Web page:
Most larger trucking companies buy their trucking liability and cargo trucking insurance on either a mileage or gross receipts basis. The insurance company sets rates based upon the expected mileage or revenue for the policy year. Normally each month the insurance company requires the insured to report their actual mileage or revenue, multiply that amount by the agreed upon rate, attach a check and mail to the proper party. Then, during the policy year-end audit, the insurance company uses the trucking company’s actual mileage and revenue to “true up” the trucking insurance premium payments.

An Overview of the Mileage and Gross Receipts Options

If the trucking company opts to pay trucking insurance premiums on a mileage basis, then the insurance company sets a rate based upon the miles the trucking company expects to generate during the year.

If the trucking company pays premiums on a gross receipts (or revenue) basis, then the insurance company sets a rate based upon the gross receipts the trucking company expects the truck to generate during the year.

An Example

For instance, if a truck averages $1.50 per mile and expects to run 120,000 miles per year, the annual gross receipts for that truck would be $180,000. Let’s assume a trucking insurance company offers to insure that truck for $4,500 per year.

  • If the trucking insurance were placed on a mileage basis, the premiums would be calculated at $3.75 per 100 miles. (120,000 / 100 = 1200 X $3.75 = $4, 500)
  • If the trucking insurance were placed on a gross receipts basis, the rate would be $2.50 per $100 of gross receipts. ($180,000 / 100 = $1800 X $2.50 = $4,500)

The trucking company could end up paying more or less than $4,500 in trucking insurance premium, depending upon the actual mileage and gross receipts as determined by the policy year end audit.

Please note, we chose the 120,000 miles per year, the $1.50 per mile and the $4500 per year per truck merely because they are easy numbers to work with. That in no way indicates those are “average” numbers. And, again for simplicity, our example is for one truck. I know of no insurance company that will do a mileage or revenue based policy for one truck. We are merely trying to keep it simple.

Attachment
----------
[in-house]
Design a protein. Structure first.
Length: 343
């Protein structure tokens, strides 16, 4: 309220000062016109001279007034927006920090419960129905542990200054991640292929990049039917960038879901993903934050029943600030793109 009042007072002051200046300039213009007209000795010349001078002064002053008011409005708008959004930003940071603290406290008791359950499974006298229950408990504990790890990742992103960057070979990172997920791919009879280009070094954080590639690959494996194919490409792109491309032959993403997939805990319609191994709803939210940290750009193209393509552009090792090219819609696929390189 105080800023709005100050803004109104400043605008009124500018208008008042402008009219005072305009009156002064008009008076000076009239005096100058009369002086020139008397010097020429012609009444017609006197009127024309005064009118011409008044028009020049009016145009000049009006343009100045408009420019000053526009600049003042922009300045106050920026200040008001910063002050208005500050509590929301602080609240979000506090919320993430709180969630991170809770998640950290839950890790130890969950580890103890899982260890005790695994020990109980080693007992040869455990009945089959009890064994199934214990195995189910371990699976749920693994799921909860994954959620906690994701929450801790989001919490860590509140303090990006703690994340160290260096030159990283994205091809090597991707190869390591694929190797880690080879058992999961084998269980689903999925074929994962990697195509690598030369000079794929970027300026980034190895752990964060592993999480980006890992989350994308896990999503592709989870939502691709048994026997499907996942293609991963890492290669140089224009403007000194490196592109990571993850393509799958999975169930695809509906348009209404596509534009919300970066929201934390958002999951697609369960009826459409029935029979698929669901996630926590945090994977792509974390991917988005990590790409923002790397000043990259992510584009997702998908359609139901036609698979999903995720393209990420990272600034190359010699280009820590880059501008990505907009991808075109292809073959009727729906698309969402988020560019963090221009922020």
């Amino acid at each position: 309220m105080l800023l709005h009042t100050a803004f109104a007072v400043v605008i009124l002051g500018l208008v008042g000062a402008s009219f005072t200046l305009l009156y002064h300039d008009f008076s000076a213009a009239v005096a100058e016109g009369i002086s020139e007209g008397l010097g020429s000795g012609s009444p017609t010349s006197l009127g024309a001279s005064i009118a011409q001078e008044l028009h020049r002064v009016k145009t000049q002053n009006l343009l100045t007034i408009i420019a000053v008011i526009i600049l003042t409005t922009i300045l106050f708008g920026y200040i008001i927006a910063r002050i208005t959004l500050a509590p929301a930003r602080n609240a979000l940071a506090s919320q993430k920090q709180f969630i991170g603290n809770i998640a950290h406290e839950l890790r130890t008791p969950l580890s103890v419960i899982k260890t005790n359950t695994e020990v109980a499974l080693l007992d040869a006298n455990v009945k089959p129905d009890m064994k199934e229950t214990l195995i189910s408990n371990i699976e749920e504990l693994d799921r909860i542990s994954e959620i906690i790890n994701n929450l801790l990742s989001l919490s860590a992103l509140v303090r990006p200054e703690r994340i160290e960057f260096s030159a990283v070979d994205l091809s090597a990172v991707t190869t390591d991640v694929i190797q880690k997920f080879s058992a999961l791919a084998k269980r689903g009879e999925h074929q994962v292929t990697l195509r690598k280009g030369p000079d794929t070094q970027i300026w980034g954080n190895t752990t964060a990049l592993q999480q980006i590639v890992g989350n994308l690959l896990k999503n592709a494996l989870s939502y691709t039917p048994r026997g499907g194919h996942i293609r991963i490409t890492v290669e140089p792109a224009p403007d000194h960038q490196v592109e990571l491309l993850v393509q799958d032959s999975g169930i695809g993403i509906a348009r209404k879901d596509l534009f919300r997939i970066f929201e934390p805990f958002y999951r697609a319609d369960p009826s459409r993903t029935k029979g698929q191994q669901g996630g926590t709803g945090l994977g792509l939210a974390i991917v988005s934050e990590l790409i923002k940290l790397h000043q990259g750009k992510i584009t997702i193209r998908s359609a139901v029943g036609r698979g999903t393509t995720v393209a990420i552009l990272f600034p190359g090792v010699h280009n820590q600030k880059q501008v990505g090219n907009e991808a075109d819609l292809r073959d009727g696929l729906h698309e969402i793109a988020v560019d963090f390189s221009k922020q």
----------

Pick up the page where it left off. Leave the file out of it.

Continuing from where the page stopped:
How Shipping Rate Increases Can Affect Your Gross Receipts Based Trucking Insurance Premiums

If your trucking company is insured on gross receipts basis and you are fortunate enough to secure a rate increase with a shipper, you have to share that increase with the insurance company. Here’s why.

Take the example above. Assume the truck is assigned to one route that paid you $1.50 per mile both ways and those trips generate 120,000 miles. That would be $180,000 per year. As the example shows above, your trucking insurance premium would be set at $4500.

But, what if you were suddenly able to secure an increase to $1.80 per mile both ways. This increases the revenue for that truck to $216,000 — a 20% increase in your revenue. And that means your insurance premium just went up by the same percentage. Instead of $4,500 per year for that truck, you will now have to pay $5,400.

However, had you been insured on a mileage basis, your insurance premium would have remained the same. Your miles remained the same 120,000. The number of miles didn’t increase. Only the amount of revenue.

A Final Tip Regarding Fuel Surcharges

Most trucking insurance policies include fuel surcharge as a part of a company’s “gross receipts”. However some insurance companies will omit fuel surcharges if agreed to in advance. You need to make sure it is expressly understood and in writing how your insurance company will view fuel surcharge. Don’t wait until policy year-end audits to find out. Note: Fuel surcharge is not an issue with mileage based policies.

Conclusion

Before committing to a mileage or gross receipts based trucking insurance premium calculation, make sure you have done the math and considered all options. A good competent trucking insurance agent will lay those out for you and make sure you make the right choice for your trucking operation.



Source by Wayne Dill

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